Holding court

Theatre Or’s revival of their award-winning production of ‘Sisters in Law’ is a funny and fascinating reach across the aisle

Courtesy: Theatre Or

Justice is served in Sisters in Law, a hilarious and captivating play about the relationship between the first two female U.S. Supreme Court justices, Sandra Day O’Connor and Ruth Bader Ginsburg. Back by popular demand, Theatre Or presents a limited run of their Henry Award-winning production at the University of Denver’s Newman Center through Dec. 11. 

Sisters in Law was written by former federal prosecutor Jonathan Shapiro and is based on Linda Hirshman’s 2015 novel of the same name. The play had its world premiere in 2019 at the Phoenix Theatre Company, with Theatre Or presenting it in Denver two years later. The latest production brings back the original local cast of Sally Knudsen as Sandra Day O’Connor and A. Lee Massaro as Ruth Bader Ginsburg (2022 Henry Award winner for Best Actress) for this ever-timely show. 

Even though O’Connor, a conservative justice appointed by President Ronald Reagan in 1981, and Ginsburg, a liberal justice appointed by President Bill Clinton in 1993, came from different political parties, religions and parts of the country, they were able to find common ground through their mutual respect for the law. The play honors the pioneering judges and explores the advantages and disadvantages of the Supreme Court as a catalyst for change. 

Audiences for this weekend’s final run of performances will be struck by Laura K. Love’s monumental set design. Marble steps lead up to the massive Supreme Court bench that looms large over the space. Love’s work highlights the differences between these two women through the stark contrasts in their offices, underscoring how the pair were forced to cooperate on the bench despite sharp differences in style and politics. The floor is painted to articulate this point, as the unique floors of each of their offices bleed into the united floor pattern of the Supreme Court. 

The fluid staging of director Amy Feinberg uses all of Love’s deep, multi-leveled set. And despite the dialogue’s frequent use of legalese and the justices’ philosophical discussions about the specifics of Supreme Court cases, her captivating direction and outstanding lead performances by Knudsen and Massaro keep the play light. 

Part of that lightness comes from the palpable onstage chemistry of Knudsen and Massaro, both of whom deliver impeccable performances. Although Massaro is cast as the more well-known Justice Ginsburg, with scenes that are skillfully written to highlight her famous dissents and trademark spunk, Knudsen more than holds her own as the upright and fashionable O’Connor. While a majority of the play is just these two women, the pair are joined by Nellie Spears and Jessica Zamrut, who play law clerks that help with set transitions and, though they don’t speak, occasionally give the justices a chance to talk to someone other than each other.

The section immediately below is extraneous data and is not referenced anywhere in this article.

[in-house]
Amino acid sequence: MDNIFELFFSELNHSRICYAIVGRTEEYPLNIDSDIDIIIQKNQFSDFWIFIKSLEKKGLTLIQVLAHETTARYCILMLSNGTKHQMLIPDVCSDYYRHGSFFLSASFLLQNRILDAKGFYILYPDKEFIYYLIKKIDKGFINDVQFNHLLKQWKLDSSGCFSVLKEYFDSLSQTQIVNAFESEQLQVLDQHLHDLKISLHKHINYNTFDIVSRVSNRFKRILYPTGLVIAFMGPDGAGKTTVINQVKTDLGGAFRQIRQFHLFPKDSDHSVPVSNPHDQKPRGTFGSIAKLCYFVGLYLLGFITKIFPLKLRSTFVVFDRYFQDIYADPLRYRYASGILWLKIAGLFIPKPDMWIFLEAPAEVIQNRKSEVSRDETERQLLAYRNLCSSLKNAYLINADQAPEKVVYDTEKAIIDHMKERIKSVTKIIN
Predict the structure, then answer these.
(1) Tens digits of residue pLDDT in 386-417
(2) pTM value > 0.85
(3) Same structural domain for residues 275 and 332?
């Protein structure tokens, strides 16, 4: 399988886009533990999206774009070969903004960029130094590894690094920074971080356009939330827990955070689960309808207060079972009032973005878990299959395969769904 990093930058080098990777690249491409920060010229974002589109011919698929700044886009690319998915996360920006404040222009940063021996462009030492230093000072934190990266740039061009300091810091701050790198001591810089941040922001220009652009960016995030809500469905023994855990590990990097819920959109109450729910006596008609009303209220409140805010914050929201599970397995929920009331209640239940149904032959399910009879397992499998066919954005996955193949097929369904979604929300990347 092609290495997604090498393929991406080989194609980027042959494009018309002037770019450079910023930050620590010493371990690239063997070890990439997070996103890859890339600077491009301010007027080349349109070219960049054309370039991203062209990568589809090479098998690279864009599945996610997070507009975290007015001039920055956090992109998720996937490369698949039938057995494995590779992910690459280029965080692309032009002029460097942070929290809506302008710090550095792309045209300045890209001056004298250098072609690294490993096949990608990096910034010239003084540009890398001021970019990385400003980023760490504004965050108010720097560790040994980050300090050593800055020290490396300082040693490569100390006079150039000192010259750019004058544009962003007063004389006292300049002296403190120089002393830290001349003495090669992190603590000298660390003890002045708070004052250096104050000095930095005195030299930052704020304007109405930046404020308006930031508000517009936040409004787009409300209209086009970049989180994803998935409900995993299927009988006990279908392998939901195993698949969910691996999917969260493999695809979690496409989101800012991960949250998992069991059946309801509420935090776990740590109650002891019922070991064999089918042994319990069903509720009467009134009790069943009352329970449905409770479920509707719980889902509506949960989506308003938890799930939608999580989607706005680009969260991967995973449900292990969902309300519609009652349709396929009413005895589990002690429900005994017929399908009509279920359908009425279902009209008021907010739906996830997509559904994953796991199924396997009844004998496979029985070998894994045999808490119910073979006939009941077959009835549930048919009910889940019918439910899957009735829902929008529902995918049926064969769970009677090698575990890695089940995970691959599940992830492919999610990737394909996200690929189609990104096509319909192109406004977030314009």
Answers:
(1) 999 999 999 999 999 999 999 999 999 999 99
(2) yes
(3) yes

Rachel Finley’s costumes help the actors transform into the iconic justices. O’Connor’s many outfits are incredibly stylish and epitomize working-wife chic, and Ginsburg’s iconic collars and sensible fashion are faithfully imitated. Finley’s exceptional costuming and both actors’ impressive physicality allow them to portray the justices convincingly, even though neither actor resembles the justice she is portraying in real life.  

The play spans 43 years, which gives the actors the chance to age their characters onstage and portray the ups and downs of their personal lives — from becoming justices and writing important opinions, to struggling with their health. In attempting to cover so much ground, the scenes are sometimes a little simplistic for the sake of exploring so much history. 

Despite this occasional simplicity, Shapiro’s script manages to raise interesting questions that will stick with audiences long after the curtain closes. Written while Ginsburg was still alive, he interestingly paints the justice’s decision to stay on the court until her death as a triumphant moment. As Ginsburg explains her rationale for staying, you want to believe her, but you also know that history hasn’t worked out quite as she anticipated. Hillary Clinton lost to Donald Trump in the 2016 presidential election, and Ginsburg’s replacement on the court was an instrumental vote in overturning Roe v. Wade. It’s a powerful and unsettling ending, highlighting a profound example of real-life dramatic irony. 

Sisters in Law by Jonathan Shapiro. Various times through Dec. 11, Newman Center for the Performing Arts, 2344 East Iliff Ave., Denver. Tickets here.

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